On the Road Again!!! A Geocaching Road Trip Along the Florida Panhandle: Part 4, Tallahassee

Getting Back to Normal

Sunday, May 2, 2021

It was around 1200 AD when the Mississippian Culture of indigenous people built the earthwork mounds near what is now Lake Jackson.  Those mounds have survived and today they are preserved in the Lake Jackson Archaeological State Park of Tallahassee.  Now the fact is, even though humans have for centuries found this area an attractive place to live and work, that is not the reason Tallahassee was selected as the state capital.  Nope, there is a story behind that decision. 

In accordance with the Adams-Onis Treaty of 1819, Florida became an American Territory in 1821.  The first session of the Legislative council of the Territory of Florida met in Pensacola, the former capital of West Florida, on July 22, 1822.  Council members from the former East Florida capital, St. Augustine, spent weeks traveling by water to attend the session.  Well naturally, the next session was held in St. Augustine—fair is fair!!!  It took the western delegation 28 days to travel around the peninsula to get there!!!  Immediately, two commissioners were appointed to find a convenient location for future meetings!!!  Easy-peasy, they chose Tallahassee, the halfway point—a capital was born!!!

In 1824, that first territorial government session held in Tallahassee was in a log cabin!!!  When Florida achieved statehood on March 3, 1845, the newly constructed capitol building was ready.  And then, on March 31, 1978, a new capitol complex was dedicated and the juxtaposition of the “old and new” became an intriguing visual!!!  But that’s not all that is interesting about Florida’s capital city.  From the state’s inception in 1845, the governors would come to Tallahassee from their home cities and stay in hotels or boardinghouses for the duration of their terms.  Finally, in 1907, a 14-room Governor’s Mansion was built!!!  By 1956, a new official residence was built.  The 30-room mansion was designed by Marion Sims Wyeth, a famous Palm Beach architect who also designed Mar-a-Lago.  Here are some photos:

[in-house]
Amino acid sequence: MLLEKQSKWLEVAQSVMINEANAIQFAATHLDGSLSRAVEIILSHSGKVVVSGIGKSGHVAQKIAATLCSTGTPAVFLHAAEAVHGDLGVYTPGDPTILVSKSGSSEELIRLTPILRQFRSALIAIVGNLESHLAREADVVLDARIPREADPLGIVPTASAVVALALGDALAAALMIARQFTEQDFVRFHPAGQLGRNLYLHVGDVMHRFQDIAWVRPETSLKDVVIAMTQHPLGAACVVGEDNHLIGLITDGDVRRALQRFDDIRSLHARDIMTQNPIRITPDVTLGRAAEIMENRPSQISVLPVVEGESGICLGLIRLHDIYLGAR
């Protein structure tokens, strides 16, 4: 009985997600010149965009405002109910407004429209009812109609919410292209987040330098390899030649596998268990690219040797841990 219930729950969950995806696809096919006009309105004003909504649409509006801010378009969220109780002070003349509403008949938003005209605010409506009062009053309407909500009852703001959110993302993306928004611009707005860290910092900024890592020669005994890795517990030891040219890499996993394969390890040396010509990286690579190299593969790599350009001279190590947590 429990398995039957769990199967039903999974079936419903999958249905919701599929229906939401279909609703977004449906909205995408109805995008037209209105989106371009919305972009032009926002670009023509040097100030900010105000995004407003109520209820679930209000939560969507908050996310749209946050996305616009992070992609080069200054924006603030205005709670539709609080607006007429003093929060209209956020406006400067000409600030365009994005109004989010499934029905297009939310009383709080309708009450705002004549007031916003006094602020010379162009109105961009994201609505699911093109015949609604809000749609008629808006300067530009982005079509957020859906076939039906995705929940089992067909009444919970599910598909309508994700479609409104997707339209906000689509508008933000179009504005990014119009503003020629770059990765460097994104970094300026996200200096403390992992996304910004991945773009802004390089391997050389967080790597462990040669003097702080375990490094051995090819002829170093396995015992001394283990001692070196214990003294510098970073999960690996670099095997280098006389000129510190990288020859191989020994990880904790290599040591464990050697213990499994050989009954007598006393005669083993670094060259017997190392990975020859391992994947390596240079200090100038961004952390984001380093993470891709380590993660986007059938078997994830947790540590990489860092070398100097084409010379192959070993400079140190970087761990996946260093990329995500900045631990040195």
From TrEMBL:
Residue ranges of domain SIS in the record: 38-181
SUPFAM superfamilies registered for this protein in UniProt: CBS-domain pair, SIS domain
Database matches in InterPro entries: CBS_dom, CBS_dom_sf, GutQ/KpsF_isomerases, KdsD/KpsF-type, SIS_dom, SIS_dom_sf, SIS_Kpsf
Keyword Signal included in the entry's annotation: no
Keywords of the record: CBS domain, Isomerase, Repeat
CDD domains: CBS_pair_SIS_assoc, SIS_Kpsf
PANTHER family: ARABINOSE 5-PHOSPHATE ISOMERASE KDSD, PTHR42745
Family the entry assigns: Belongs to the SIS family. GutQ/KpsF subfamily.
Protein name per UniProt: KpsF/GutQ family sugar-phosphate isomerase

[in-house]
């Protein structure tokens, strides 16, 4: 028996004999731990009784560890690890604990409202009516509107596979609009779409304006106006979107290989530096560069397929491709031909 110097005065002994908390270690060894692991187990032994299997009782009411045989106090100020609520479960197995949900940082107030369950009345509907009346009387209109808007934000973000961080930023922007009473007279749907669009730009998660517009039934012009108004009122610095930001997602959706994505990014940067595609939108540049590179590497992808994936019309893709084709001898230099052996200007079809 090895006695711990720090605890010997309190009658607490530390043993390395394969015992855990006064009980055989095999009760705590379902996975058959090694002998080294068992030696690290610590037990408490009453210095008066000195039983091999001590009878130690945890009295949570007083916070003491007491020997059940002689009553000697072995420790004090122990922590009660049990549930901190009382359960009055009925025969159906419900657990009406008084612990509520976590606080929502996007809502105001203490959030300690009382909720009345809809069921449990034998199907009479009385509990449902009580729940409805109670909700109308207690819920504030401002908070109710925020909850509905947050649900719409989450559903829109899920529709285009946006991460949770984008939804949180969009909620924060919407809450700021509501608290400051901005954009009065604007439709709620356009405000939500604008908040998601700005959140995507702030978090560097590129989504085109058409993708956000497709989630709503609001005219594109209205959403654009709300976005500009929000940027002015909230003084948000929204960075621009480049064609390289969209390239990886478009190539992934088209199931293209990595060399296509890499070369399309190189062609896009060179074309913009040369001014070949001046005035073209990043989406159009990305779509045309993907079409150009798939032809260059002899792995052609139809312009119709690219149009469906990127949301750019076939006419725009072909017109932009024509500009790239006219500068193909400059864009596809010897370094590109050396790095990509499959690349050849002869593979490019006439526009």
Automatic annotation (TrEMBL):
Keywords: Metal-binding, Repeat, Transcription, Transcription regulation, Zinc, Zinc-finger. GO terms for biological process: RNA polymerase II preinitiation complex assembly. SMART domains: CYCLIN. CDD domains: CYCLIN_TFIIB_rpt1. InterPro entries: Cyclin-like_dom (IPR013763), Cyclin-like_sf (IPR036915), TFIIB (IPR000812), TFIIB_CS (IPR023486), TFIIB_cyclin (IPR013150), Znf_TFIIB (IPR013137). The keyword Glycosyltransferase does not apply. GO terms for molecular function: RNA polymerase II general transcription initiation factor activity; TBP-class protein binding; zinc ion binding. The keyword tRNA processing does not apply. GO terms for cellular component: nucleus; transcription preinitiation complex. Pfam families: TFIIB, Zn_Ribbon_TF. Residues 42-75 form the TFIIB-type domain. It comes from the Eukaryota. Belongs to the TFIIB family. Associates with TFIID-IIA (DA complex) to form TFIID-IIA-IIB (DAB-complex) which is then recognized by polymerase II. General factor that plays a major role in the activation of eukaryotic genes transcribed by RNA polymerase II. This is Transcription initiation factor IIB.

This is one of the 6 (of 7 known) mounds at Lake Jackson just outside Tallahassee. Such mounds are not common. They seem to be ceremonial and unique to the Native American tribes of the Southeast. (Ebyabe, Creative Commons Attribution-Share Alike 3.0)
The positioning of “old and new” is eye-catching as you approach the State Capitol in Tallahassee.
The old State Capitol now houses a museum along with state offices. The new is a bustling complex of offices and departments. (DXR,Creative Commons Attribution-Share Alike 4.0 International )
The old capitol is a charming Greek Revival style building.
Because Florida did not provide the governor with an official residence until 1907, the early state leaders found their own living quarters. Gov. William Bloxham, a wealthy plantation owner, chose to build a town house for use during his two terms.
In 1979, a dedicated preservationist purchased and restored the property.
Finally, in 1907, a Governor’s Mansion was built in Tallahassee!! This is the new and current Governor’s Mansion, built in 1956 and last remodeled in 2007. (Tim Ross , Public domain)
Tallahassee is a charming city with lovely neighborhoods. Doesn’t this particular view remind you of Philadelphia!!!(Urbantallahassee, CC BY-SA 3.0)
This is a neighborhood built around an old fortification of the civil war era.
The area is lovely.
And today, it is a tranquil park, surrounded by charming homes, in the middle of the city.

So, what about the geocaching???

Well, yes, we did a little geocaching in Tallahassee!!!  We spent quite a bit of time at Railroad Square.  This is an arts, culture, and entertainment district near the Amtrak station.  Situated on the site of the former McDonnell Lumber Company, the old warehouses are now home to artists’ studios and interesting shops, as well as cafés and eateries.  And you know we took some pictures:

Along the way from Apalachicola to Tallahassee, we came upon the world’s smallest police station in the city of Carrabelle, Fl. Yes, there is a cute story behind this. And we found the tiny geocache container without difficulty!!!